4 May Remembrance Day
Remembrance of the Dead (Dutch: Dodenherdenking) is held annually on May 4th in the Netherlands. It commemorates all civilians and members of the armed forces of the Kingdom of the Netherlands who have died in wars or peacekeeping missions since the outbreak of World War II.
Until 1961, the commemoration only related to the Dutch victims of World War II. Since 1961, the victims of other military conflicts (such as the Indonesian National Revolution in Indonesia) and peacekeeping missions (such as in Lebanon or Bosnia) are remembered on May 4 as well.
At 20:00, two minutes of silence are observed throughout the Netherlands. Public transport is stopped, as well as all other traffic. Radio and TV only broadcast the ceremonies from 19.00 until 20.30. Since May 4, 1994, the flags, having hung at half-staff from 18:00 onwards, are then hoisted to the music of the “Wilhelmus“, the Dutch national anthem. Since 2001 the new protocol says it is allowed to let the flag hang half-staff.
There are hundreds, maybe thousands memorial places in the Netherlands, and each city has it’s own. Last year I wrote about Stolpersteine, little stones in the pavement you might stumble upon, with the names of the victims of WW II who lived in that street, in that house. This year my attention was caught by a little memorial just beneath a railway crossing just before you enter Delft.
I pass this crossing biking on my way to work (just before the train goes under ground-level in Delft). And there is a little memorial stone 20 meters away from it I think. A simple concrete low wall with memorial wreaths each year on May 4th on 18:30 hours. The flagpole on the right is to raise the our red-white and blue flag. The picture on the left a flattering image of the memorial it really is nothing but a memorial plate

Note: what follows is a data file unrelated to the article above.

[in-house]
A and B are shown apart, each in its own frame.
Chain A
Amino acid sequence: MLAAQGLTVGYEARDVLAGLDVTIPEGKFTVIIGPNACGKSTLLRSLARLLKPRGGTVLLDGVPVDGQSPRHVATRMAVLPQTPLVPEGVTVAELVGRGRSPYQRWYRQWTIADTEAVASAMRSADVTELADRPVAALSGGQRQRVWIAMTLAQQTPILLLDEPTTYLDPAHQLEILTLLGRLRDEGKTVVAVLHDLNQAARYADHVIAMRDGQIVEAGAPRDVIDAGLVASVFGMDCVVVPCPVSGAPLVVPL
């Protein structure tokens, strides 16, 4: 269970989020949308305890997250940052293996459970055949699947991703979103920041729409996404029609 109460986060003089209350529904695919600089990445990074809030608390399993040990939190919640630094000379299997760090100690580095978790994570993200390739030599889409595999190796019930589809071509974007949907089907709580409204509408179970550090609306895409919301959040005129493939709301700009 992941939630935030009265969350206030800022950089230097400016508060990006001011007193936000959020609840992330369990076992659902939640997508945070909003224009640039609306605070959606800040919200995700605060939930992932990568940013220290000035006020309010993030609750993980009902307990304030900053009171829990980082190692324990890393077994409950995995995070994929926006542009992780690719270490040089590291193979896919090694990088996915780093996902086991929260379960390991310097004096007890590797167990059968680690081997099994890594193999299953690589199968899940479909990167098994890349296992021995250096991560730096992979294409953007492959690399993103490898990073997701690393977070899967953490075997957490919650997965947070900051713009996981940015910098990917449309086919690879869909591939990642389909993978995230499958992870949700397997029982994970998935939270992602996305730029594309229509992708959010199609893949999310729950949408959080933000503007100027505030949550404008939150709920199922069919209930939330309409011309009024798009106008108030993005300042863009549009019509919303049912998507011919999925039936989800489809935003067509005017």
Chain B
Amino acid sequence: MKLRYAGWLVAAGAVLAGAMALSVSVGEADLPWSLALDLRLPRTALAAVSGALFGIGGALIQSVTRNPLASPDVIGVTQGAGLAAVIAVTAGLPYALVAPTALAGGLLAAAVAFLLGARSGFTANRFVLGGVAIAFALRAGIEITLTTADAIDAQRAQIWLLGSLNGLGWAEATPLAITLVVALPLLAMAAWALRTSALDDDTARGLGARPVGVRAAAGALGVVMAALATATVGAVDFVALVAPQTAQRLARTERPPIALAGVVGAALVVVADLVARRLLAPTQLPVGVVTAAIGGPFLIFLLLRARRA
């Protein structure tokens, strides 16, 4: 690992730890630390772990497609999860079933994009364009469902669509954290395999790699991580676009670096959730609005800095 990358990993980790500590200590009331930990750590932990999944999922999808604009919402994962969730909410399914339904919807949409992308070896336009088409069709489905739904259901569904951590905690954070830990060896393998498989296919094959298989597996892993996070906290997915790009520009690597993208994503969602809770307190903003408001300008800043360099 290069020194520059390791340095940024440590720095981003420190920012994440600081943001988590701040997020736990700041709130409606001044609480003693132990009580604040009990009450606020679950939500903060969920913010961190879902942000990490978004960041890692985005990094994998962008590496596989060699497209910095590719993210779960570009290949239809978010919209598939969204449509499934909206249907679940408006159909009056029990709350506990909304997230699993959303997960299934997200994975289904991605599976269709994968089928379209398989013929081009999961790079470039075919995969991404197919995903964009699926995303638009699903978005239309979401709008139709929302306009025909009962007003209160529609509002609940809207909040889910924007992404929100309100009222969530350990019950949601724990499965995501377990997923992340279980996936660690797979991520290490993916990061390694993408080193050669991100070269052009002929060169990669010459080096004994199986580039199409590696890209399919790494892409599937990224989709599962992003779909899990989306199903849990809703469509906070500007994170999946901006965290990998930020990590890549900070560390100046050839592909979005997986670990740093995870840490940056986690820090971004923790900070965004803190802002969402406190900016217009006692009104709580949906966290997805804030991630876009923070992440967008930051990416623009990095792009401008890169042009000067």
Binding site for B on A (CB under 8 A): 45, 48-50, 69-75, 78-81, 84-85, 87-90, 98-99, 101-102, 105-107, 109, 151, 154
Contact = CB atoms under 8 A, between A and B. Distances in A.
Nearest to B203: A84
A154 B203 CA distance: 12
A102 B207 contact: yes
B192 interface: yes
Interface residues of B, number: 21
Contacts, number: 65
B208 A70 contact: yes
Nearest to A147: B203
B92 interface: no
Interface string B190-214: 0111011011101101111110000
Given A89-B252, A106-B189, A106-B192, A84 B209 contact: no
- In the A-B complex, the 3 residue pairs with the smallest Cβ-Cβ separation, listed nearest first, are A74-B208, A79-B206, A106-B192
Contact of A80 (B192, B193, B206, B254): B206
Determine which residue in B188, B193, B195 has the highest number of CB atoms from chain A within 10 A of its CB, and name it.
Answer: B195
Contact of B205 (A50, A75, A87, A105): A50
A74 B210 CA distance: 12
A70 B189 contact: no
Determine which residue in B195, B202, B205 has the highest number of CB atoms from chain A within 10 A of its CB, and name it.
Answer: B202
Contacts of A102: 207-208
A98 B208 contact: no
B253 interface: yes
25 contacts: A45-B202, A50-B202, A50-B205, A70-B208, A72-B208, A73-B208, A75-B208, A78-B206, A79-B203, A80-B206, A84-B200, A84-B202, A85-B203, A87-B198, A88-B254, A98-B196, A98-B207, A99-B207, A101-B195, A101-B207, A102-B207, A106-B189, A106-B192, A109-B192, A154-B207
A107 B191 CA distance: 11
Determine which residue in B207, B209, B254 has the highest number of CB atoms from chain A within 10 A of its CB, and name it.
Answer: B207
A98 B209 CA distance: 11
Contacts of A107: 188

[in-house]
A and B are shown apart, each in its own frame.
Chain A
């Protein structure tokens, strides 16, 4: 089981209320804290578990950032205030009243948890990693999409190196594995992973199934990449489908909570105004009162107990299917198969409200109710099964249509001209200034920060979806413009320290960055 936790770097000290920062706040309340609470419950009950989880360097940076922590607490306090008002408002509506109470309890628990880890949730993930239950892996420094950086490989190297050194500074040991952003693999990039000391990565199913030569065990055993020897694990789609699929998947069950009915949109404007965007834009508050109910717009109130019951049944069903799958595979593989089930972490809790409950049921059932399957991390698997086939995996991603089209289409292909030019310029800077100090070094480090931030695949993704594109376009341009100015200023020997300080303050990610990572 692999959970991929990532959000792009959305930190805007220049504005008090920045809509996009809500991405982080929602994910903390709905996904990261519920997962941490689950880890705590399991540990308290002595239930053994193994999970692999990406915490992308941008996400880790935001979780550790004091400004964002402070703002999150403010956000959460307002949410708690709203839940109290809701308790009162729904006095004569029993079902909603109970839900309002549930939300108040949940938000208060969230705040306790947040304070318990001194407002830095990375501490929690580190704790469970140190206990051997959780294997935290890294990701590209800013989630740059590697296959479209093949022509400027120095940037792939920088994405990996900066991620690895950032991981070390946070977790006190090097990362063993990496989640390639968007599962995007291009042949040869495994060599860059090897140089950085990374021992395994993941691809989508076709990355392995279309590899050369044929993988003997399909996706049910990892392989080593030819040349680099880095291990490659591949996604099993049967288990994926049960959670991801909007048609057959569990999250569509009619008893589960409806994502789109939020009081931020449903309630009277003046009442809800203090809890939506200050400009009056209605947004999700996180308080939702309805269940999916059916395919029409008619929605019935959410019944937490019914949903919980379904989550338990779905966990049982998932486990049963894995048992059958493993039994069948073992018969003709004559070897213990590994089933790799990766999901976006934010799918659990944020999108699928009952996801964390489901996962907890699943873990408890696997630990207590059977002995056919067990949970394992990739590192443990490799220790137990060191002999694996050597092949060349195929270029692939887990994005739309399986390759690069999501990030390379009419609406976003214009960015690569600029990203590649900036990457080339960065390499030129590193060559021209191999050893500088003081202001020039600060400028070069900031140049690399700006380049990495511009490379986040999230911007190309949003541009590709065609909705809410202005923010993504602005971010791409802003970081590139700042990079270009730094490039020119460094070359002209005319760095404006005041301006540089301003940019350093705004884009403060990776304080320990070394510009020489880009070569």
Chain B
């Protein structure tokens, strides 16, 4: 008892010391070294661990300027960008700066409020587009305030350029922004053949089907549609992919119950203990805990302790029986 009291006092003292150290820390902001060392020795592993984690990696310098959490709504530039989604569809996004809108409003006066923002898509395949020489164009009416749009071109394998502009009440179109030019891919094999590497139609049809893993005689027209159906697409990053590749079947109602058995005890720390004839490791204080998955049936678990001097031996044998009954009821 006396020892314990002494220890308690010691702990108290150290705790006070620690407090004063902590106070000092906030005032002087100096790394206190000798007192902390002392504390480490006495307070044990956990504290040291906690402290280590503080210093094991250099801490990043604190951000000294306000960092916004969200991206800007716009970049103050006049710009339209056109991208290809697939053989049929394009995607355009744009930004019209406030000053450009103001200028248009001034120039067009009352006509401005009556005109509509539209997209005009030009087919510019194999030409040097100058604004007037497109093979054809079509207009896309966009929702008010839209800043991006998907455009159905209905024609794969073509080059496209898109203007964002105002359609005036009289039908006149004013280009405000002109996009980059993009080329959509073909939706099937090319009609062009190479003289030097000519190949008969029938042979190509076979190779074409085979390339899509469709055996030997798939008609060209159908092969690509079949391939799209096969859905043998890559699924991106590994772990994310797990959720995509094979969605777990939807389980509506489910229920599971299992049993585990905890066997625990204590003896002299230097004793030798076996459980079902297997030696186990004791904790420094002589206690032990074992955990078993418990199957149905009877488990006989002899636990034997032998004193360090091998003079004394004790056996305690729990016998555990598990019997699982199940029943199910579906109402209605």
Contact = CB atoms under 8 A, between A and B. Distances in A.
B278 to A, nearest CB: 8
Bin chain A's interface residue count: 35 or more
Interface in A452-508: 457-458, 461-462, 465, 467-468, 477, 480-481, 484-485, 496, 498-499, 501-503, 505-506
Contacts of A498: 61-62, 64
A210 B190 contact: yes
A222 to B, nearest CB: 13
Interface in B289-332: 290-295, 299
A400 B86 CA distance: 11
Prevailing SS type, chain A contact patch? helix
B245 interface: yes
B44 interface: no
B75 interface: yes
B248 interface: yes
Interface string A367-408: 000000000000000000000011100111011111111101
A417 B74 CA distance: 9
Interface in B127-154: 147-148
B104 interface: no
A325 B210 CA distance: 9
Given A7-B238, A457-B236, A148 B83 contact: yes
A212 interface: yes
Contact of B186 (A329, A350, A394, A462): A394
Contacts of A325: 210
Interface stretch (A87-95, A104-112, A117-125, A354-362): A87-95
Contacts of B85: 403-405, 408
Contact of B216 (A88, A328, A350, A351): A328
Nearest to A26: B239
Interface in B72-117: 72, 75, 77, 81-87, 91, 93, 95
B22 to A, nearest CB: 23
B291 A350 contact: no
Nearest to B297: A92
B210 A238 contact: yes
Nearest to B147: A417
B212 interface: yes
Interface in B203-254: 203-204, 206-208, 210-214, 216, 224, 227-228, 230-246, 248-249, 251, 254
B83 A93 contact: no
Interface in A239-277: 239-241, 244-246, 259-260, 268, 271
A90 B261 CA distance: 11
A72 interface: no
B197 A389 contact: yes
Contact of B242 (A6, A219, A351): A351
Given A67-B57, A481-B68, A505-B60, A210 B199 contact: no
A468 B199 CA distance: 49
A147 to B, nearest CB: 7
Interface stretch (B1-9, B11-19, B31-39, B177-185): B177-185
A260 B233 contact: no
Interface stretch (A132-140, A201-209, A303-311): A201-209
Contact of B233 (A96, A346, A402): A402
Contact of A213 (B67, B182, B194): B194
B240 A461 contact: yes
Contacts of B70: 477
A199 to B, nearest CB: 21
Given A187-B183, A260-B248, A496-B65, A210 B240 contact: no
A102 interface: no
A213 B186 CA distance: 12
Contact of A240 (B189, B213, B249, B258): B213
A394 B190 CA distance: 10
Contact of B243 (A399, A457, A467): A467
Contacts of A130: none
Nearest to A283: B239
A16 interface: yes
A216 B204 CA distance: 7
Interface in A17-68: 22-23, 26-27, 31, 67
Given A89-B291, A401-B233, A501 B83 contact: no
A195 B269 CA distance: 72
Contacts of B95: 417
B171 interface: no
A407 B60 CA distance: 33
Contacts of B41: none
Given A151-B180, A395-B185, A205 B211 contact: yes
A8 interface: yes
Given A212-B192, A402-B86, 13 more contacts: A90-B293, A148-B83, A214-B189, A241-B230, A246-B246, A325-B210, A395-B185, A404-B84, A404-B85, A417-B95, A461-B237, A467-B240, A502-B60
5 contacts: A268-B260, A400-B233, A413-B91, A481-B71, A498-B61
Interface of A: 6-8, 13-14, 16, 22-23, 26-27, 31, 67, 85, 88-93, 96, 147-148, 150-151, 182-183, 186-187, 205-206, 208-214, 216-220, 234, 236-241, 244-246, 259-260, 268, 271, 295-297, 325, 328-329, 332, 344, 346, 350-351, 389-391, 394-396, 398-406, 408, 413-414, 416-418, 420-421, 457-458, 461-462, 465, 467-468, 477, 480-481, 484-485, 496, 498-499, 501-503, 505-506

four hooks in it, painted white. The hooks are for the memorial wreaths
“for the fallen ones, and the names of 10 people that died”. I was curious about this little almost invisible memorial.
The story behind it is this: 10 young men from the resistance, the youngest 22 years, the oldest 54 years old were executed at the railway crossing that you saw above. The resistance group was betrayed and brought to the “Oranjehotel” in Scheveningen.
Another resistance group blew up the railway tracks at that very place we are talking about on the night of 6 to 7 October 1944. The Sicherheitdienst knew how to deal with this act of sabotage. They took ten random men they just had arrested and had nothing to do at all with this act of sabotage, put them at the railway crossing and killed them all. People who passed by were forced to watch…
Trains were soon riding again in October 1944. But these men didn’t see them anymore:
- Frans Britzel
- Pieter Bogaard
- Roland Colberdinge
- Christiaan van ’t Hoff
- Roelof Koopmans
- Hermanus Schram
- Hendrik en Pieter Stavast
- Klaas de Vries
- Jacobus de Waal
For years the monument was in decay. Now it has been restored and it pleased me so much there were two baskets of plants there yesterday.
Tomorrow, on May 5th, Dutch people celebrate freedom, the liberation of the nation from the German occupation of 1940 to 1945.